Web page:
“Journalists of color were probably less likely to seek out mentors among senior managers, less likely to be sought out as mentees by senior managers and may not have felt confident in their upward trajectory. This was made worse with the industry downturn.”

    News industry leaders are voicing alarm about the shrinking diversity numbers. “At a time when the U.S. Census shows that minorities are 36 percent of the U.S. population, newsrooms are going in the opposite direction,” said Milton Coleman, ASNE president and deputy managing editor of the Washington Post. “This is an accuracy and credibility issue for our newsrooms.”

    Highlights of the 2011 survey showed that minorities account for 11 percent of all supervisors in newsrooms, which remains virtually unchanged for the past four years. Four hundred forty one newspapers responding to the ASNE census had no minorities on their full-time staff. This number has been growing since 2006.

    Of all minority newspaper staffers, African American reporters make up half, while Asian Americans comprise 42 percent. Two hundred eighty four Asian American journalists are newsroom supervisors. Minority women working full-time account for 19.3 percent of female newsroom staffers, while minority men account for 10.8 of male newsroom staffers. Although minorities represented 19 percent of the journalists hired for their first full-time newsroom job — up 16 percent from the last year, the percentage of interns who are minorities stands at 24 percent — a 27 percent decrease.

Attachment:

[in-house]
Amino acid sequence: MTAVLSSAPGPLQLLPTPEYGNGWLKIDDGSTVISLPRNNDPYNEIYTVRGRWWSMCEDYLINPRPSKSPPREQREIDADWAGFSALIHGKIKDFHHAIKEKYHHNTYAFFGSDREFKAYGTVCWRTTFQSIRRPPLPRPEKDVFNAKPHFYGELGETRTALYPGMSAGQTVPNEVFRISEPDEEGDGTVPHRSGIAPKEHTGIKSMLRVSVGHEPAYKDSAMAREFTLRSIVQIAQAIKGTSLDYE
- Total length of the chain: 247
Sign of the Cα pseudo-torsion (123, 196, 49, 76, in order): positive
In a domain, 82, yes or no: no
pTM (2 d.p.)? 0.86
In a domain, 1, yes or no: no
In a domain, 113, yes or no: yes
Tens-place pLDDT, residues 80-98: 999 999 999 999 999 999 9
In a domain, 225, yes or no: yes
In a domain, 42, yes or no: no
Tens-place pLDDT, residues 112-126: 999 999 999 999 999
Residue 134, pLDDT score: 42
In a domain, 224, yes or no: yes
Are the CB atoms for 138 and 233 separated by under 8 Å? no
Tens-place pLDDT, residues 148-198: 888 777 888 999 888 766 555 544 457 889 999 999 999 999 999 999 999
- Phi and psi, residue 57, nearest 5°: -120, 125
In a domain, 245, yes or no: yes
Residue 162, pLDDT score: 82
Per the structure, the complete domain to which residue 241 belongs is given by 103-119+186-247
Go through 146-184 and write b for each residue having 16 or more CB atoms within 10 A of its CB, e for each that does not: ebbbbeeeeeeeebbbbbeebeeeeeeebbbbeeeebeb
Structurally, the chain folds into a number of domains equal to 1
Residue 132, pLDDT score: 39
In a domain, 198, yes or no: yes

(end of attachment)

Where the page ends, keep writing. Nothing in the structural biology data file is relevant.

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    Posted Wed, Aug 10, 8:13 a.m. Inappropriate

    Women have minority status even though they make up more than half the population. how does the decline of people of color compare to women employed in media?


    Posted Wed, Aug 10, 9:48 a.m. Inappropriate

    I wonder if this does not reflect common-sense decisionmaking by minority
    journalists or would-be journalists. Why seek a career in a shrinking industry?

    I was surprised several years ago, when participating in a Columbia U. J-School seminar, to find that current-year graduates (both Caucasian and minority) were nearly frantic about their inability to find jobs except as freelancers or as lowly paid online journalists. J-School alums at the same seminar, many in mid-career and quite well known, reported that they had been terminated either because of general staff cutbacks or because their employers preferred hiring less experienced staff at lower pay and
    without health insurance, retirement, and other benefit packages.

    A shrinking and financially pressed industry is presenting fewer opportunities for journalists of all kinds. Minorities, with little patience for blind alleys, may simply be looking in other places.

    Posted Wed, Aug 10, 11:33 a.m. Inappropriate

    Maybe, just maybe, writers are more identifying themselves as Americans, and not segregating themselves into racial stereotypes?

    Posted Wed, Aug 10, 4:02 p.m. Inappropriate

    This article does raise a few questions. Do you have to be a Latino to write accurately about Latino affairs? Can only Asian writers cover events in Asian communities. Do only lawyers cover courts? Should a reporter who is not a software engineer or marketer cover Microsoft? The solution is not fewer Caucasians -- or a specialist for every special interest -- but better reporting.